This is another unlikely candidate, but possible. DeShields seems to be a career minor league manager. “Bop” has managed over a thousand minor league games. However, a 491-570 record probably isn’t going to give him an MLB gig. To be fair, the minors are more directed towards development over wins and losses. Delino DeShields will be a name that can come up but quickly tossed to the side.

Barry Larkin:

If the Reds fired Bryan Price tomorrow and hires Barry Larkin, seats would fill almost as fast as what Billy Hamilton is. The Hall of Famer is certainly the top choice among many fans. He’s got a ton of baseball knowledge and does a great job at developing players at his camp in Florida. The problem with hiring Barry Larkin as the Reds’ manager is his lack of experience. Larkin served as the bench coach for the USA National Team in 2009. He managed the second round game against Puerto Rico in the World Baseball Classic. He also managed the Brazilian team in the tournament in 2013. That’s all of the coaching experience that he has.  If the Reds turn to Barry Larkin as the new manager, it may be a hit or miss scenario. He’s more suited to become the manager in the offseason to build up and develop players in the Spring.

Corky Miller:

Why in the world would I put Corky Miller on this list? Why not? He is a fan favorite and does have some coaching experience. Along with having arguably the best facial hair in baseball. He’s young enough to relate to the players but old enough to contribute valuable experience. As a catcher in his MLB career, Miller had to understand both sides of the game. He had to study pitcher and hitter habits equally the same. Often, the catcher controls how the defense plays in the infield in various situations. Miller has been coaching in the Reds farm system since 2015 and has quite a bit of knowledge about prospects and current Reds players. Corky Miller is probably the least likely candidate on this list, but an argument can be made for him. Fear the stache!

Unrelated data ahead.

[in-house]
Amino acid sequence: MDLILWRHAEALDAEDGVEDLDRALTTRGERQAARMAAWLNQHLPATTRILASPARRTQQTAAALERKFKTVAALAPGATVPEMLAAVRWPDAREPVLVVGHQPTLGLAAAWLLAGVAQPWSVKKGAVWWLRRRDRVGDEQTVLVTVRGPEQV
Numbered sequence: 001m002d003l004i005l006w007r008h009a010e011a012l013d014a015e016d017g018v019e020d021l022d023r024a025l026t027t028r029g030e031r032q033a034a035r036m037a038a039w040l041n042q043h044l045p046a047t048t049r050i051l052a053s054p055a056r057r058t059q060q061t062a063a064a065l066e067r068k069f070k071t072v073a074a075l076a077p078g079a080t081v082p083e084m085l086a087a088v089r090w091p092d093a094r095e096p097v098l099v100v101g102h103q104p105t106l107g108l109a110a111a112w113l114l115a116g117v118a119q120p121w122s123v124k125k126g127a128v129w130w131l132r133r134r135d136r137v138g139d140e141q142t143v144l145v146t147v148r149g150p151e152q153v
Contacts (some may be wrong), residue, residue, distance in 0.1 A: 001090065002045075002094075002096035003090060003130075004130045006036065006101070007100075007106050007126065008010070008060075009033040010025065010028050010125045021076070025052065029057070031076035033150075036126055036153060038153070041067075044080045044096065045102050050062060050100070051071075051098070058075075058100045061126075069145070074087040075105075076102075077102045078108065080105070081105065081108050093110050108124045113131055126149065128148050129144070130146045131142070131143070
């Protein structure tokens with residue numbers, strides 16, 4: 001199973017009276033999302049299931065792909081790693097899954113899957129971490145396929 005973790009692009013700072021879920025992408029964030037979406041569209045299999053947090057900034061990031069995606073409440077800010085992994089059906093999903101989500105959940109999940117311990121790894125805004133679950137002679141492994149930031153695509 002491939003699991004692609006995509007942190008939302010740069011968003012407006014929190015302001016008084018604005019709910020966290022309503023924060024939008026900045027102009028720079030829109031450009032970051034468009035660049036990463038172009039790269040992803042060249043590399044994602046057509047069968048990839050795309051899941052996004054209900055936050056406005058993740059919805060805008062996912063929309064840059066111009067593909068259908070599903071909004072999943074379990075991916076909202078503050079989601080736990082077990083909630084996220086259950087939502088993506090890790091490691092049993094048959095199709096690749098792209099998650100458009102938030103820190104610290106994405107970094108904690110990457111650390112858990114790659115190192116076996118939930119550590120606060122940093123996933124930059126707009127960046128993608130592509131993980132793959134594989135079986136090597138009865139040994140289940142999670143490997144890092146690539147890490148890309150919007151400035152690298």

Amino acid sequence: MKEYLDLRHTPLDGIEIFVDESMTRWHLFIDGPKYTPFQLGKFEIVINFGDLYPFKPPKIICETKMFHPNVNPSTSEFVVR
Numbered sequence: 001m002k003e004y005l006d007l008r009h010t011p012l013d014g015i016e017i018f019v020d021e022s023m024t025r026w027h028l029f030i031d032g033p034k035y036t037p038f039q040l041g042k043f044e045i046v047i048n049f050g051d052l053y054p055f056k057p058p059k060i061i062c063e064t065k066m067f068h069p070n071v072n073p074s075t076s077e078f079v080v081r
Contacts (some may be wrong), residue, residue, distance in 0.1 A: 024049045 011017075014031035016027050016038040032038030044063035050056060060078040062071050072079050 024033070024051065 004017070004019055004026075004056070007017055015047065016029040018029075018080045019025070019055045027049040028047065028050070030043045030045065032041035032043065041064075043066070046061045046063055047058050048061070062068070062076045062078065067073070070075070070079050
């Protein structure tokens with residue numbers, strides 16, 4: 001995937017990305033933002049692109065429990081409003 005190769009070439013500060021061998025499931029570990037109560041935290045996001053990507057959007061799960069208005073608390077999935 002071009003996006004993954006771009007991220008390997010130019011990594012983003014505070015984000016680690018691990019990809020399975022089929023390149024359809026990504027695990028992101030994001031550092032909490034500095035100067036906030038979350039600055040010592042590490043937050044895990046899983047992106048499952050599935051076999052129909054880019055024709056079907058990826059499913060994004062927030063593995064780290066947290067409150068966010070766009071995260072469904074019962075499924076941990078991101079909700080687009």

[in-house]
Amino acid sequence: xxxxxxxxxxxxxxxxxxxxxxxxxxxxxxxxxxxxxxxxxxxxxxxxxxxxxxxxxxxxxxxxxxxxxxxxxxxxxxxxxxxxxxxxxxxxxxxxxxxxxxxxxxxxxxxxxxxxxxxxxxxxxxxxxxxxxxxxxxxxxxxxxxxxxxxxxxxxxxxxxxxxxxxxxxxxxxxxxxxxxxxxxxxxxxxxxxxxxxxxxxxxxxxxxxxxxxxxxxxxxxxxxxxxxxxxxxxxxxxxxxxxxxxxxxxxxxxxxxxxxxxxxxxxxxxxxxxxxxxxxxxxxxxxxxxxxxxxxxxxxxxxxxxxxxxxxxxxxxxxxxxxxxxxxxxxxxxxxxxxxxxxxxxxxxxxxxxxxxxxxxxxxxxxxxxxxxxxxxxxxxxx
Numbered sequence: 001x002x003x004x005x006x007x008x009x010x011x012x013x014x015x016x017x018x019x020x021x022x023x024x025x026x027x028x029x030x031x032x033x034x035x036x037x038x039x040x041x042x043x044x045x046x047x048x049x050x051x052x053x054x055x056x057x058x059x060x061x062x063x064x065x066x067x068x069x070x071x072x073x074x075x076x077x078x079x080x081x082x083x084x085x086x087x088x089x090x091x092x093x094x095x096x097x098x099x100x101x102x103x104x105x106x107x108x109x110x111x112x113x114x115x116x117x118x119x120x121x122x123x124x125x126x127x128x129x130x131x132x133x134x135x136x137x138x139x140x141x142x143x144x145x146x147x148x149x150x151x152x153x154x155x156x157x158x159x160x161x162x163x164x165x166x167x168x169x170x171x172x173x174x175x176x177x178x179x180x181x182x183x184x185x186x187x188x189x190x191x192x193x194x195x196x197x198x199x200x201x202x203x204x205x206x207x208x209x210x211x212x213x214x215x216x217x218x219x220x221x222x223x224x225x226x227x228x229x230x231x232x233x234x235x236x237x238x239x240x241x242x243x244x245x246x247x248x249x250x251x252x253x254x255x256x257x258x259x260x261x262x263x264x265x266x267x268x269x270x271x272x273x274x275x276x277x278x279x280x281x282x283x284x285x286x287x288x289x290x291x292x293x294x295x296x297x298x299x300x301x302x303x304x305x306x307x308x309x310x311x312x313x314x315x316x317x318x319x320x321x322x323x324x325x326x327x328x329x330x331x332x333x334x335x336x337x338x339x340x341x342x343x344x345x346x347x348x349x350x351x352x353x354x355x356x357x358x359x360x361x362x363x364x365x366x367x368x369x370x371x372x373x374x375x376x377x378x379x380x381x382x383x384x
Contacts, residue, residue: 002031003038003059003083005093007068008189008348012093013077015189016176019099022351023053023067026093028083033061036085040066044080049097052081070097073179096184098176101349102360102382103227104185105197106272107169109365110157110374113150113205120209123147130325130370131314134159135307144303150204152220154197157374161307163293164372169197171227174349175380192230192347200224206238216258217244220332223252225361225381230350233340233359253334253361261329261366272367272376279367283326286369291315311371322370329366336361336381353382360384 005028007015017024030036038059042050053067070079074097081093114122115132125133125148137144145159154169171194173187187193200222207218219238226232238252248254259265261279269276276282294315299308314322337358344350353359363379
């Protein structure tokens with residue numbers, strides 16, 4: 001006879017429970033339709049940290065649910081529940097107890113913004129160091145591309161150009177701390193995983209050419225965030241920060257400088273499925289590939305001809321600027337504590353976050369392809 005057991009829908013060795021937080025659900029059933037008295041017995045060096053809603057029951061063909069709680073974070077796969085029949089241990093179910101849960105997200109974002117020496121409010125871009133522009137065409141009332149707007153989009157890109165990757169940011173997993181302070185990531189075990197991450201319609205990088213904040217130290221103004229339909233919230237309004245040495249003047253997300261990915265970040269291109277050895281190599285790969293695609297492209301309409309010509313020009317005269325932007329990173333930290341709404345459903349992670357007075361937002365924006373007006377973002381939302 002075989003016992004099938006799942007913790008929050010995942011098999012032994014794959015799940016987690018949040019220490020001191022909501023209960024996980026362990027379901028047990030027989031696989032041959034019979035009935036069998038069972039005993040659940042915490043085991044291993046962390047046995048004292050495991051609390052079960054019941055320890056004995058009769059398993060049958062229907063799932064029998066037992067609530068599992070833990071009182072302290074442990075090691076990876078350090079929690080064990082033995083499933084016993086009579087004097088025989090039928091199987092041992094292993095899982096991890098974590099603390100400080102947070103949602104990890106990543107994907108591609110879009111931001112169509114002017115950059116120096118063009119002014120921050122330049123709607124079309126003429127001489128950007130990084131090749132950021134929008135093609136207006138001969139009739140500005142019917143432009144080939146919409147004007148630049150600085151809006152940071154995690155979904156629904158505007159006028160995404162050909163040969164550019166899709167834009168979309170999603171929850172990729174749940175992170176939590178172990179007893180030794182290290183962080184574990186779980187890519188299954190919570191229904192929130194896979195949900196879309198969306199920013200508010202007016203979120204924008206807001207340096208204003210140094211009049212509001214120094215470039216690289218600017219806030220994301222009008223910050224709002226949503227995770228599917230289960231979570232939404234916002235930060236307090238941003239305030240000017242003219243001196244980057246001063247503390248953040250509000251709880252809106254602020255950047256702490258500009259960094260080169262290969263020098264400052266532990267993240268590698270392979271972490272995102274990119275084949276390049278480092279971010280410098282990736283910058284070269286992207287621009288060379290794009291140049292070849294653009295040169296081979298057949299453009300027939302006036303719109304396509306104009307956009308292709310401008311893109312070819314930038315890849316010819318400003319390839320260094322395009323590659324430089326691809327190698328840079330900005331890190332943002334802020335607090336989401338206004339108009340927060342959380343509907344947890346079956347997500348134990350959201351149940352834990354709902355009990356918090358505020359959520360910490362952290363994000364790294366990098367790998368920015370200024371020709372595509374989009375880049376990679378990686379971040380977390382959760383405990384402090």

Don’t put all of the blame on Bryan Price

All of the blame for the Reds struggles shouldn’t be placed solely on Bryan Price. Injuries have plagued the team the past couple of seasons. Homer Bailey, Anthony Desclafani, and Brandon Finnegan spent a significant time on the DL last year. That caused Cincinnati to use several pitchers last year that wasn’t ready. Descalfani and Finnegan have started out this season with injuries as well. While the starting pitching has been a little better, the bullpen is not that good. The offense has also struggled this season. Third baseman Eugenio Suarez and outfielder Scott Schebler have also missed some time. Joey Votto is off to his normal slow start. The Reds are 26th in the MLB with a .224 team batting average. If the offense can pick it up, this team could make a small run.

If the Cincinnati Reds pull the plug on Bryan Price, two of the guys on this list are the likely candidates. The decision will come down to John Farrell or Jim Riggleman. However, the Reds have been known to make a decision that comes from out of nowhere. If that happens, expect one of the other four guys could get the call. That is if the Reds even fire Bryan Price during this season. While I will argue that manager changes during the season seem pointless, it could be better for the club to go ahead and make a change.  Whether Price finishes out the season or is gone soon, one thing is for certain. The current Reds skipper is on borrowed time.